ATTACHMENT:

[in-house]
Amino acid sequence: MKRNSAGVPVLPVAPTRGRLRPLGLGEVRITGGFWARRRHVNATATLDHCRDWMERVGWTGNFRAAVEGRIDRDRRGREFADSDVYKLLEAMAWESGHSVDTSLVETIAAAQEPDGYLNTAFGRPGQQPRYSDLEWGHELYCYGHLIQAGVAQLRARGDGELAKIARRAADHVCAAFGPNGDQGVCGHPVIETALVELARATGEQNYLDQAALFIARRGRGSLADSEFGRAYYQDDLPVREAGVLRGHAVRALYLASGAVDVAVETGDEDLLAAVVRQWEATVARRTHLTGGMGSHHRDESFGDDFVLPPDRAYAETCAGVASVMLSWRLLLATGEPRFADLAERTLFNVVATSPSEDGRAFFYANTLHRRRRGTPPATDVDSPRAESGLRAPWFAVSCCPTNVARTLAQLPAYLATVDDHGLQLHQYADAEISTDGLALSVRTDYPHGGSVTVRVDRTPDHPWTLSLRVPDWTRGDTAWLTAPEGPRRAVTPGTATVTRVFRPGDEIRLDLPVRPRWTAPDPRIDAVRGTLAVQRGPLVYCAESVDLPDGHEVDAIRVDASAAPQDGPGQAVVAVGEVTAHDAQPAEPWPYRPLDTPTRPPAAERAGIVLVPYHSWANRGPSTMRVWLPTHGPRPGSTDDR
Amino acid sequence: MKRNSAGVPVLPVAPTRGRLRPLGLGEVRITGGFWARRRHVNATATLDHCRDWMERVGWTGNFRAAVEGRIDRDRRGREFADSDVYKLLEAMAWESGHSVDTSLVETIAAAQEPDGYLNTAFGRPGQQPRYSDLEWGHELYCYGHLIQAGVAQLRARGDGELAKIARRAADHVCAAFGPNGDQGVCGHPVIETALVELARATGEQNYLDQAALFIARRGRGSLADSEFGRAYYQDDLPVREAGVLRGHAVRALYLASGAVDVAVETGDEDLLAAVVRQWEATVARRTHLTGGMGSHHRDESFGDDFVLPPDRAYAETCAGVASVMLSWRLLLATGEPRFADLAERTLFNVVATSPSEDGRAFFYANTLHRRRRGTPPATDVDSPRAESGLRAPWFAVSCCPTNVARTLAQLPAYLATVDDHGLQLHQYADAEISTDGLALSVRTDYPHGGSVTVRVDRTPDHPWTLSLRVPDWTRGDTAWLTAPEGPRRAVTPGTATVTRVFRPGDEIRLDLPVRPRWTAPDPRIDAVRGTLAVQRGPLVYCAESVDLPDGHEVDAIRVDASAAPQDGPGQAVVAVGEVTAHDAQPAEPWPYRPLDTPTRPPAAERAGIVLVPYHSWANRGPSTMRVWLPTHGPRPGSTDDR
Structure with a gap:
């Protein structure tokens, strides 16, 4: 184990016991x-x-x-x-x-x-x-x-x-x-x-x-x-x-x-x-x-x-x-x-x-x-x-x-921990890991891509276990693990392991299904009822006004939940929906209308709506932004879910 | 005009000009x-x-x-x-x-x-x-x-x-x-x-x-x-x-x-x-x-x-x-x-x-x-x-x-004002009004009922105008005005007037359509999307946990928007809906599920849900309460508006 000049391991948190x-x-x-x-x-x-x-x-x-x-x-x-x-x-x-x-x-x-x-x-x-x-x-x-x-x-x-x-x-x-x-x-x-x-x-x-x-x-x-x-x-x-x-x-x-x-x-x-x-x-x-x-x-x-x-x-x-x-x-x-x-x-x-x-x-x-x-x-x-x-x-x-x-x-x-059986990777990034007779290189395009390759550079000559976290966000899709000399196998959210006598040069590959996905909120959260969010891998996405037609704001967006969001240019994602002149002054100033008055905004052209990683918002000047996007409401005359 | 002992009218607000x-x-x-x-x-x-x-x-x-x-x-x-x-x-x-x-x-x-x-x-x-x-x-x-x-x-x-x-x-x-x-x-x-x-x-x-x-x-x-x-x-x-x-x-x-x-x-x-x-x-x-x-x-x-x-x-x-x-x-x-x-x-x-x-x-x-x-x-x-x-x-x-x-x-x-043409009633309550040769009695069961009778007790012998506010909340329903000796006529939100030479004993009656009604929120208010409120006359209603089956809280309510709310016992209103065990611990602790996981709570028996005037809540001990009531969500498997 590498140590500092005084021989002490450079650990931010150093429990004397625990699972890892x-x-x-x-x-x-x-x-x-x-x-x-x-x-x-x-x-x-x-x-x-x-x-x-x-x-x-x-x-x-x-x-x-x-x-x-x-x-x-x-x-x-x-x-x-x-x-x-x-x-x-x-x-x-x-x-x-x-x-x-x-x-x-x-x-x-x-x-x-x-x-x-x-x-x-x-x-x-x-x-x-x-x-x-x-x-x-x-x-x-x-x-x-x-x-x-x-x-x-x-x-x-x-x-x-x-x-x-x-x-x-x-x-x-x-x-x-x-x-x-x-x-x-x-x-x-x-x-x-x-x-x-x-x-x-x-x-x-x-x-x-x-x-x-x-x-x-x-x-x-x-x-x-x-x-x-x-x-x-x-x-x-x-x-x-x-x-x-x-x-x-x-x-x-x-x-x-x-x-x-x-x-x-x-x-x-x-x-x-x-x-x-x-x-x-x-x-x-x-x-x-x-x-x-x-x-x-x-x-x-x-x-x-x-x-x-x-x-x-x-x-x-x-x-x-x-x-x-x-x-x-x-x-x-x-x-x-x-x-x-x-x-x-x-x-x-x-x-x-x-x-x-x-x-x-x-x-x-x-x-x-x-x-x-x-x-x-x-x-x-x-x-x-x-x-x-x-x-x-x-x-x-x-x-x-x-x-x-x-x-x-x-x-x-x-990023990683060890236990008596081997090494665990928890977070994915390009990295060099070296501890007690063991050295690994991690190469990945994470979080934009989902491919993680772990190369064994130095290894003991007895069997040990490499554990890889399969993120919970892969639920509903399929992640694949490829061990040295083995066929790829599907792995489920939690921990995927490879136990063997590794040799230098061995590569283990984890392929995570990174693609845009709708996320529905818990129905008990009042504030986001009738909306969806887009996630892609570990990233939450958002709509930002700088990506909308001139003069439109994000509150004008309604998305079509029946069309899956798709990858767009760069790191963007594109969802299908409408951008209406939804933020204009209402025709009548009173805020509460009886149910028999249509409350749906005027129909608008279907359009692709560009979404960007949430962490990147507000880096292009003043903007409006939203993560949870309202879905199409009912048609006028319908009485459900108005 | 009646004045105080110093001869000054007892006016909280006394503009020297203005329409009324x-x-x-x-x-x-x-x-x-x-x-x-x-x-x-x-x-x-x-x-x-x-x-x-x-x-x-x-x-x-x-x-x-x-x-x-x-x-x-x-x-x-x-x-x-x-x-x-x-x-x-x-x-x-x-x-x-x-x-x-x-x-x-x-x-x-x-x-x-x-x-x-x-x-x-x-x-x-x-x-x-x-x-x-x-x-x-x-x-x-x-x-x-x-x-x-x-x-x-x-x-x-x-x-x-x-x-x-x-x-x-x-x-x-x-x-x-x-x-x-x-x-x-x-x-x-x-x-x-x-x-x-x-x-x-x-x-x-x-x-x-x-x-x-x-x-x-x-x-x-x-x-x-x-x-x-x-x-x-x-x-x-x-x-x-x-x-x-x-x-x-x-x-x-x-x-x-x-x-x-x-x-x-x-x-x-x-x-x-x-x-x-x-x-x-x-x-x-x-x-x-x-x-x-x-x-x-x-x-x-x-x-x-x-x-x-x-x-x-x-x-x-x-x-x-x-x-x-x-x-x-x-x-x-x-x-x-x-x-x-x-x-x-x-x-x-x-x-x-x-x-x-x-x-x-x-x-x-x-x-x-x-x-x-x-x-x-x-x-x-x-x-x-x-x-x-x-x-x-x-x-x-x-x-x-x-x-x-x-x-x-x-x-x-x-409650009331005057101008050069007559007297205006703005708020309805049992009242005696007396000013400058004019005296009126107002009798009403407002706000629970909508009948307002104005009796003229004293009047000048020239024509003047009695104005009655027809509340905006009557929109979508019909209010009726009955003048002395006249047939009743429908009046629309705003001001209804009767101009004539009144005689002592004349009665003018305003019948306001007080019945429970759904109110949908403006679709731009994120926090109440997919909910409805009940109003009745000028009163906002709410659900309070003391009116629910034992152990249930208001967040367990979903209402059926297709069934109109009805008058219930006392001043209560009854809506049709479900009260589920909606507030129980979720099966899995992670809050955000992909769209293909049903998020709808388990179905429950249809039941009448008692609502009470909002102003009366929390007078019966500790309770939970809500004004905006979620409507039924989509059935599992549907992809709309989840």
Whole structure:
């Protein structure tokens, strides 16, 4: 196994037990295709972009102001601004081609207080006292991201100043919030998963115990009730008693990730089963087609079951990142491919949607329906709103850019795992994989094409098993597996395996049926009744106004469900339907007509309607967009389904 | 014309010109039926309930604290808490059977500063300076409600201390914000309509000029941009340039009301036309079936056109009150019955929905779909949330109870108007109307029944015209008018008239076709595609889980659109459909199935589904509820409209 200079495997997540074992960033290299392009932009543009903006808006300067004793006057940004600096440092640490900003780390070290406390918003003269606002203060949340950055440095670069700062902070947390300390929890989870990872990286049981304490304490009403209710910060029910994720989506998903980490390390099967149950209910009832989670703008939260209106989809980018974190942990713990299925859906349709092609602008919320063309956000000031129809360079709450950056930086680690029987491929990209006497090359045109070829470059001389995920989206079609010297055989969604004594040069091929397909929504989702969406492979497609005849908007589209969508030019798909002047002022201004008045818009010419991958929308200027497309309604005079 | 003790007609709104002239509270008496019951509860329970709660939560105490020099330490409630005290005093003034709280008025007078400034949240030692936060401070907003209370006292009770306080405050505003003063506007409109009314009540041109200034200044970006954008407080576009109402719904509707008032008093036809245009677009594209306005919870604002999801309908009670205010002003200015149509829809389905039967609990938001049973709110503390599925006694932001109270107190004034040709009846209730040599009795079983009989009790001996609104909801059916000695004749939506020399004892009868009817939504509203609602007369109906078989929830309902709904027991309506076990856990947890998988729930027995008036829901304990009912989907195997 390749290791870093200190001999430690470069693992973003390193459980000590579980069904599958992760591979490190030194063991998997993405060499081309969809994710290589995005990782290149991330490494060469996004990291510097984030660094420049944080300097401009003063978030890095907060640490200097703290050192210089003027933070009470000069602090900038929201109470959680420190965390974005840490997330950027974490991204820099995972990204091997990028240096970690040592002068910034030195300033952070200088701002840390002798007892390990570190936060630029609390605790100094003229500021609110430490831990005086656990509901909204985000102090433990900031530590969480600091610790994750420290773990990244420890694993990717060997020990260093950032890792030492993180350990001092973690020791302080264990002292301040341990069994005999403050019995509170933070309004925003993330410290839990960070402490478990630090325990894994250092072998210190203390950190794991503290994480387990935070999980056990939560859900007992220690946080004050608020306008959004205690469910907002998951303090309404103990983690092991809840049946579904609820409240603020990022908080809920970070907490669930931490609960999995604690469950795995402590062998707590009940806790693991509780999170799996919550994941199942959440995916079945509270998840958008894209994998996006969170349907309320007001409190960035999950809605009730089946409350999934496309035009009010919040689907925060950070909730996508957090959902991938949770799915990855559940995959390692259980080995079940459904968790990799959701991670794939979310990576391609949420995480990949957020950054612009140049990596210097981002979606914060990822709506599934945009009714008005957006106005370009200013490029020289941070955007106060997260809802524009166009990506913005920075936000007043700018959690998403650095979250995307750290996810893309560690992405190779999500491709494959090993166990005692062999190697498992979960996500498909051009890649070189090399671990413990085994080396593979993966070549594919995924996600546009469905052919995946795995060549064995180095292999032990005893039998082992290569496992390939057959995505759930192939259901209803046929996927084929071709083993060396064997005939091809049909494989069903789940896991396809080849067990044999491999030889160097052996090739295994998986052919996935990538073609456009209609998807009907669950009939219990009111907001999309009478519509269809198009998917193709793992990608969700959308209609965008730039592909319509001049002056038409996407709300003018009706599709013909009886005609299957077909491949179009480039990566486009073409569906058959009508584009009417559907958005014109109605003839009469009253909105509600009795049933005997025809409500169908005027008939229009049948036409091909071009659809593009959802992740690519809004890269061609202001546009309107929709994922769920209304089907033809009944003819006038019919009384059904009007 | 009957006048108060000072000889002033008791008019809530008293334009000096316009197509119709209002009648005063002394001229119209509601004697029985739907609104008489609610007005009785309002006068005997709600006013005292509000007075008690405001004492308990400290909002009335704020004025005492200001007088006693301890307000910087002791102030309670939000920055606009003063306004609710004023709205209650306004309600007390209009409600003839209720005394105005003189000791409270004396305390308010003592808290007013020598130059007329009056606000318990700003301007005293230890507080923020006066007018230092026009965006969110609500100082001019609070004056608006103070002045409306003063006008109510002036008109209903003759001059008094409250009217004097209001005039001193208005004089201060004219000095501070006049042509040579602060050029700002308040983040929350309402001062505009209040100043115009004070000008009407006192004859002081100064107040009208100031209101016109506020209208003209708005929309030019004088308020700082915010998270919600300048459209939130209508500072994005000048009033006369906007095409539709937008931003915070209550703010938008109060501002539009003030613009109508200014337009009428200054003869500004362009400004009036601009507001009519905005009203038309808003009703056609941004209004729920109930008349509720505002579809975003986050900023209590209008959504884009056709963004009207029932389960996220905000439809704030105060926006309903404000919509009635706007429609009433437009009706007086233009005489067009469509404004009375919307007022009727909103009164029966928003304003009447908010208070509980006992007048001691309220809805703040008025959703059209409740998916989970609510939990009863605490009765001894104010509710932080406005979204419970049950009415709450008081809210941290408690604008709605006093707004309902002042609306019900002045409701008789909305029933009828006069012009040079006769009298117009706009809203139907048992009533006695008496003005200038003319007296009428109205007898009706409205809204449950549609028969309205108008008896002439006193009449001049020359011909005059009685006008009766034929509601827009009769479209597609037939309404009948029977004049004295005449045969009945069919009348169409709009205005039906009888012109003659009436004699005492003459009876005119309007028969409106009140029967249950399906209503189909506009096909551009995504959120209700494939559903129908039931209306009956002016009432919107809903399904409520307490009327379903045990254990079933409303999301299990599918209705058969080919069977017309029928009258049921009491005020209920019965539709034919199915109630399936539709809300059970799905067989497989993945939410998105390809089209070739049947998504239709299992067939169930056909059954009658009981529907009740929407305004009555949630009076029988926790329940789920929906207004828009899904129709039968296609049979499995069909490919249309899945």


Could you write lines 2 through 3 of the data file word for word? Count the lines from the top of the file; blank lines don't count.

Amino acid sequence: MKRNSAGVPVLPVAPTRGRLRPLGLGEVRITGGFWARRRHVNATATLDHCRDWMERVGWTGNFRAAVEGRIDRDRRGREFADSDVYKLLEAMAWESGHSVDTSLVETIAAAQEPDGYLNTAFGRPGQQPRYSDLEWGHELYCYGHLIQAGVAQLRARGDGELAKIARRAADHVCAAFGPNGDQGVCGHPVIETALVELARATGEQNYLDQAALFIARRGRGSLADSEFGRAYYQDDLPVREAGVLRGHAVRALYLASGAVDVAVETGDEDLLAAVVRQWEATVARRTHLTGGMGSHHRDESFGDDFVLPPDRAYAETCAGVASVMLSWRLLLATGEPRFADLAERTLFNVVATSPSEDGRAFFYANTLHRRRRGTPPATDVDSPRAESGLRAPWFAVSCCPTNVARTLAQLPAYLATVDDHGLQLHQYADAEISTDGLALSVRTDYPHGGSVTVRVDRTPDHPWTLSLRVPDWTRGDTAWLTAPEGPRRAVTPGTATVTRVFRPGDEIRLDLPVRPRWTAPDPRIDAVRGTLAVQRGPLVYCAESVDLPDGHEVDAIRVDASAAPQDGPGQAVVAVGEVTAHDAQPAEPWPYRPLDTPTRPPAAERAGIVLVPYHSWANRGPSTMRVWLPTHGPRPGSTDDR
Amino acid sequence: MKRNSAGVPVLPVAPTRGRLRPLGLGEVRITGGFWARRRHVNATATLDHCRDWMERVGWTGNFRAAVEGRIDRDRRGREFADSDVYKLLEAMAWESGHSVDTSLVETIAAAQEPDGYLNTAFGRPGQQPRYSDLEWGHELYCYGHLIQAGVAQLRARGDGELAKIARRAADHVCAAFGPNGDQGVCGHPVIETALVELARATGEQNYLDQAALFIARRGRGSLADSEFGRAYYQDDLPVREAGVLRGHAVRALYLASGAVDVAVETGDEDLLAAVVRQWEATVARRTHLTGGMGSHHRDESFGDDFVLPPDRAYAETCAGVASVMLSWRLLLATGEPRFADLAERTLFNVVATSPSEDGRAFFYANTLHRRRRGTPPATDVDSPRAESGLRAPWFAVSCCPTNVARTLAQLPAYLATVDDHGLQLHQYADAEISTDGLALSVRTDYPHGGSVTVRVDRTPDHPWTLSLRVPDWTRGDTAWLTAPEGPRRAVTPGTATVTRVFRPGDEIRLDLPVRPRWTAPDPRIDAVRGTLAVQRGPLVYCAESVDLPDGHEVDAIRVDASAAPQDGPGQAVVAVGEVTAHDAQPAEPWPYRPLDTPTRPPAAERAGIVLVPYHSWANRGPSTMRVWLPTHGPRPGSTDDR